Yet to be purchased: T.V., Q-tips, carpet cleaner, pots and pans...

I always forget how expensive moving is.

Even in this case, when most of my furniture, books, and household items were already in place, I'm on the verge of bankruptcy. Every time my wallet opens now, it whistles the theme from "The Good, the Bad, and the Ugly," and a tumbleweed blows across my checkbook.

I've been in town since Friday night, and even before that, the gas to get here nearly equaled the GDP of a mid-Asian country. Okay, let's be honest for just a second. My mother came down with me, and she paid for all the gas on the trip. She's got a Conoco credit card, what can I say.

My mother also paid for the ridiculous two-cart shopping extravaganza at SuperTarget on Friday night. I've never filled up two carts at one time anywhere before, but let me tell you, we had no problem at Target. Part of the issue is that I'm living with a boy who can't correctly identify foodstuffs, so the pantry and the refrigerator were barren like an Antarctic landscape, except for a few lonely cans of lima beans and six bottles of liquor. I also had to get ridiculous items like pillows that I forgot to bring down. Not that they would have fit in my car, anyway.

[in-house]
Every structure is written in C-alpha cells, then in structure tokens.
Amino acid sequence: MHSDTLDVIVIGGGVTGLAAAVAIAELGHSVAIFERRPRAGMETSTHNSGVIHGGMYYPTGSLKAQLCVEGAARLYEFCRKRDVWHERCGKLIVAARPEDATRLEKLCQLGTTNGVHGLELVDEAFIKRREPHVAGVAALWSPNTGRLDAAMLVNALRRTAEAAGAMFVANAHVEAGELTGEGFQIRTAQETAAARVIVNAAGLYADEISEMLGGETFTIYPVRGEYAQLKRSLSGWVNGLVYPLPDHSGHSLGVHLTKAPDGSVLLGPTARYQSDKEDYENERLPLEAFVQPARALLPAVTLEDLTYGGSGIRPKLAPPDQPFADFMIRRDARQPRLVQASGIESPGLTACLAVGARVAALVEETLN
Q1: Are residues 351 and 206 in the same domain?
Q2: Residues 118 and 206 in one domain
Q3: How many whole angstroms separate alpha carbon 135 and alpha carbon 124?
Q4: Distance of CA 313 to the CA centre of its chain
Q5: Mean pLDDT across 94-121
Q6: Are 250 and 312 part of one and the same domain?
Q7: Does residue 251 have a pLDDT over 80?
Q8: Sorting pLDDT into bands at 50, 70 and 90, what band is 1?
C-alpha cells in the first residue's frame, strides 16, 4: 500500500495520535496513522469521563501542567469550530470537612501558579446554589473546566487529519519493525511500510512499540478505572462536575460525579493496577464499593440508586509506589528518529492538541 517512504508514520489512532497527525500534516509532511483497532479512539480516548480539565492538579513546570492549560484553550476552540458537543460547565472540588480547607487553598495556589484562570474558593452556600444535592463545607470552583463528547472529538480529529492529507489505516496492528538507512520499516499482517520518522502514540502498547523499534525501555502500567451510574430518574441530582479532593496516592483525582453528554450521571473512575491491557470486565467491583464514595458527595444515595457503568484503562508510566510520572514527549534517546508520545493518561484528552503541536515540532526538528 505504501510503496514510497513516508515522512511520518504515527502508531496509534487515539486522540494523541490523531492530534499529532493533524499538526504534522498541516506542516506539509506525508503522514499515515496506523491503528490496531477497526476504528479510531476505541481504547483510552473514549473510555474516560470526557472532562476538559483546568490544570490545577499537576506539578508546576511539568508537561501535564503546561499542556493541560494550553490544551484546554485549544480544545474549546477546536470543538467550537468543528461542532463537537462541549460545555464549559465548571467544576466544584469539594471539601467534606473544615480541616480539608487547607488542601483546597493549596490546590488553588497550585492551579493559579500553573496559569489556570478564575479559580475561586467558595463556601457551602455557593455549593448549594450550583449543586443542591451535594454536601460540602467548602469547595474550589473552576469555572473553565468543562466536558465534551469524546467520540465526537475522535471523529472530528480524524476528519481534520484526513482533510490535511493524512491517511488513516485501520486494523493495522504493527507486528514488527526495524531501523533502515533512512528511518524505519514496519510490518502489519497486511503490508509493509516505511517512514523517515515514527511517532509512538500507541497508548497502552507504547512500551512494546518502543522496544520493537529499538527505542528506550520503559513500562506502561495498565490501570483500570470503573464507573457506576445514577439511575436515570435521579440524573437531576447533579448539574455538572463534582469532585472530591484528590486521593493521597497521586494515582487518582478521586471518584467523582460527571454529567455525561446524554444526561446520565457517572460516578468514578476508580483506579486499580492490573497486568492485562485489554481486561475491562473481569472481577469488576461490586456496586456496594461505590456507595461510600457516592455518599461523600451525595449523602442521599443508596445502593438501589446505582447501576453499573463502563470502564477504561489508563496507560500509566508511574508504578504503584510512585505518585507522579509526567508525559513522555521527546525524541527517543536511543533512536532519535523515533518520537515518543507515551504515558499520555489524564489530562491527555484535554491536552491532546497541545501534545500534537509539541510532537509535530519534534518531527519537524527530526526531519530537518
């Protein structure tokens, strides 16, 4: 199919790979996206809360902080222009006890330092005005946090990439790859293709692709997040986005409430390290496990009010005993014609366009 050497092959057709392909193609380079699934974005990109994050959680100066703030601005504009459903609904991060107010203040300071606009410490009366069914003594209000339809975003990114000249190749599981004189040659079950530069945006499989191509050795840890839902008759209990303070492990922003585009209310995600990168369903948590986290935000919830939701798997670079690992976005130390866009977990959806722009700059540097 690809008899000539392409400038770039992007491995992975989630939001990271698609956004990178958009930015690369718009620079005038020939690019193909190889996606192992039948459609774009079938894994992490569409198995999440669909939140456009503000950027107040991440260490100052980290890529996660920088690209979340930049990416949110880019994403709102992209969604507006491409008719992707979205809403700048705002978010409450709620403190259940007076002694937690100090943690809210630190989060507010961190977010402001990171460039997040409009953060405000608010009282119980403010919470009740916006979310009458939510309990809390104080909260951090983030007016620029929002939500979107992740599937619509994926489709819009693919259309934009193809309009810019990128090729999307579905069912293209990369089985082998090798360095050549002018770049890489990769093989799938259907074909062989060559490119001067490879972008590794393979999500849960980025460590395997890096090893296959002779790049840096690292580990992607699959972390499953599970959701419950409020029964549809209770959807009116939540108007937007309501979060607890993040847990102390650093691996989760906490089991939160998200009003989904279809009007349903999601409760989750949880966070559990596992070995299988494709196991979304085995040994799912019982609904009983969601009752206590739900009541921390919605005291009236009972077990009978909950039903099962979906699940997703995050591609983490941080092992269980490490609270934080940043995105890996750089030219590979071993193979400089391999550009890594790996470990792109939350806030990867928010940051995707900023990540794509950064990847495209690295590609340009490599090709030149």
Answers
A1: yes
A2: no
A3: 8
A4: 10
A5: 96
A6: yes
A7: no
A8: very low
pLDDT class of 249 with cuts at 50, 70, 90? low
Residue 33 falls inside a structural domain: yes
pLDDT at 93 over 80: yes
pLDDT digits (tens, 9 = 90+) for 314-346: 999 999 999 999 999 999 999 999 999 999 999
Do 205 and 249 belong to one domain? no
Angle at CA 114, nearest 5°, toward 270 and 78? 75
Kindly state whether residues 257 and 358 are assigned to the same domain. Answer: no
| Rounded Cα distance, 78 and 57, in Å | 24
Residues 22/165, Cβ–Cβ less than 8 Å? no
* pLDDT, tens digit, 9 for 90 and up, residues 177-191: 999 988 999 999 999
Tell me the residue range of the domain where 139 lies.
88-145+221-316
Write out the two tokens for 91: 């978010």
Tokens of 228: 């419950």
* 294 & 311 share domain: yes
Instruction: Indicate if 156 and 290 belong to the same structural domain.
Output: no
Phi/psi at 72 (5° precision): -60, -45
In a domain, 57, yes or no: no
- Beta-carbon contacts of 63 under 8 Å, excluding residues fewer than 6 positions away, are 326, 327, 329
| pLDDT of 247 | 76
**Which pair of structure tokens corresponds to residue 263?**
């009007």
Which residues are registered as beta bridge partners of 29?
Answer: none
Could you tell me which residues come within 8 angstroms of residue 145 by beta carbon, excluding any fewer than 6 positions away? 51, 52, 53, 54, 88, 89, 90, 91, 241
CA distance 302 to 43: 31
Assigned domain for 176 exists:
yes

So yes, I've been giving out money like a Democrat-run congress. I'm telling you this because it means I'm going to be überpoor for the next...rest of my life. Give up on Christmas presents now.

Thursday, June 24, 2004

Seriously, though, clowns are freaky

I'm continually amazed by how much crap my Tracker is capable of holding. Spatially it's deceptively small, so I always feel like I'm driving a clown car that's going to explode at the next stop light, spewing clothing and housewares all over the highway.

As you might have guessed, the drive to Houston is commencing here in a few hours. My mom and I are loading up the cat and the crap and descending on my new apartment and Half Price Books for some fun good times.

If you're in Houston and wondering when I'll be available for play, the answer is "Monday night." I'll hit town Friday afternoon, but my mom has priority until Monday morning at 7, then work, and then you can monopolize me to your hearts' content.

See you soon.

Saturday, June 19, 2004

You were annoying in high school. Not much has changed, eh?

I just got back from my five-year high school "reunion." I use sarcastic quotation marks because a) five years isn't nearly long enough to require a reunion, and even if it were, b) most of these people still live in Wayne. How reunited do they need to be?

But I went, because hey, free drinks. Also, I thought, what the hell, free opportunity to make fun of many people at once, which was totally what happened.